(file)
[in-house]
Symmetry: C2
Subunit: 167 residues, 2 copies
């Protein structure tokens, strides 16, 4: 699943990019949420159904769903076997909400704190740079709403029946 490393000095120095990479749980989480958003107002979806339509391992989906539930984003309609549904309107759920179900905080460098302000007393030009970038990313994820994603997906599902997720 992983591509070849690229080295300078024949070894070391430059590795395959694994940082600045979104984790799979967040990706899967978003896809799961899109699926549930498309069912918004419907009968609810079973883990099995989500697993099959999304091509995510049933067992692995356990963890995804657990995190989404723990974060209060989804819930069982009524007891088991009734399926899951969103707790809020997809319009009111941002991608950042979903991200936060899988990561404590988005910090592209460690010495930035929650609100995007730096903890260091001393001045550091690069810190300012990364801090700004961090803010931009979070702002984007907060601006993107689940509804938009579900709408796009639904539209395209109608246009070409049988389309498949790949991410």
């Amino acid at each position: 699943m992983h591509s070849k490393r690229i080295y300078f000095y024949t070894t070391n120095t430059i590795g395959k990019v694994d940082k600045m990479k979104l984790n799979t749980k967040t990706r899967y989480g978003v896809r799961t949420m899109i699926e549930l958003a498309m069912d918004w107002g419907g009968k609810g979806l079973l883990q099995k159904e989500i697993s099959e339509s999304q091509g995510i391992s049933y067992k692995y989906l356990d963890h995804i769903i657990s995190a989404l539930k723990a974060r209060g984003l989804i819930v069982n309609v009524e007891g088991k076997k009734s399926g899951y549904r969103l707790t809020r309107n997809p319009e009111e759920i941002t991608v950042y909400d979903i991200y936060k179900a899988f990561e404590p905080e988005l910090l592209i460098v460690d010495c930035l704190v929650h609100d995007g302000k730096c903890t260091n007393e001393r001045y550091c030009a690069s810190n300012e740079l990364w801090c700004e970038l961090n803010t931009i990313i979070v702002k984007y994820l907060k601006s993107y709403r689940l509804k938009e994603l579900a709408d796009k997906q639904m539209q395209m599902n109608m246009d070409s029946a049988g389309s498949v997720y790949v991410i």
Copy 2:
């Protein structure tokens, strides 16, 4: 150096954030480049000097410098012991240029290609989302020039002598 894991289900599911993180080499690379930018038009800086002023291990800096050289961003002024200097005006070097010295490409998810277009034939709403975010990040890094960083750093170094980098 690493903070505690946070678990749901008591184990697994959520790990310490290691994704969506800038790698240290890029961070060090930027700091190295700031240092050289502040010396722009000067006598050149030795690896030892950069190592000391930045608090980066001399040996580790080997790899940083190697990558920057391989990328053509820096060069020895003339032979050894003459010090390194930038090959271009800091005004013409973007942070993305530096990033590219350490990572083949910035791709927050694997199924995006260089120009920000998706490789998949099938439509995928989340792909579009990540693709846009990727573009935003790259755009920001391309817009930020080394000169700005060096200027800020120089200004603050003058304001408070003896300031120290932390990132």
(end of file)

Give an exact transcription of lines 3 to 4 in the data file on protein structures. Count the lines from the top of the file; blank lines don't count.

Subunit: 167 residues, 2 copies
């Protein structure tokens, strides 16, 4: 699943990019949420159904769903076997909400704190740079709403029946 490393000095120095990479749980989480958003107002979806339509391992989906539930984003309609549904309107759920179900905080460098302000007393030009970038990313994820994603997906599902997720 992983591509070849690229080295300078024949070894070391430059590795395959694994940082600045979104984790799979967040990706899967978003896809799961899109699926549930498309069912918004419907009968609810079973883990099995989500697993099959999304091509995510049933067992692995356990963890995804657990995190989404723990974060209060989804819930069982009524007891088991009734399926899951969103707790809020997809319009009111941002991608950042979903991200936060899988990561404590988005910090592209460690010495930035929650609100995007730096903890260091001393001045550091690069810190300012990364801090700004961090803010931009979070702002984007907060601006993107689940509804938009579900709408796009639904539209395209109608246009070409049988389309498949790949991410």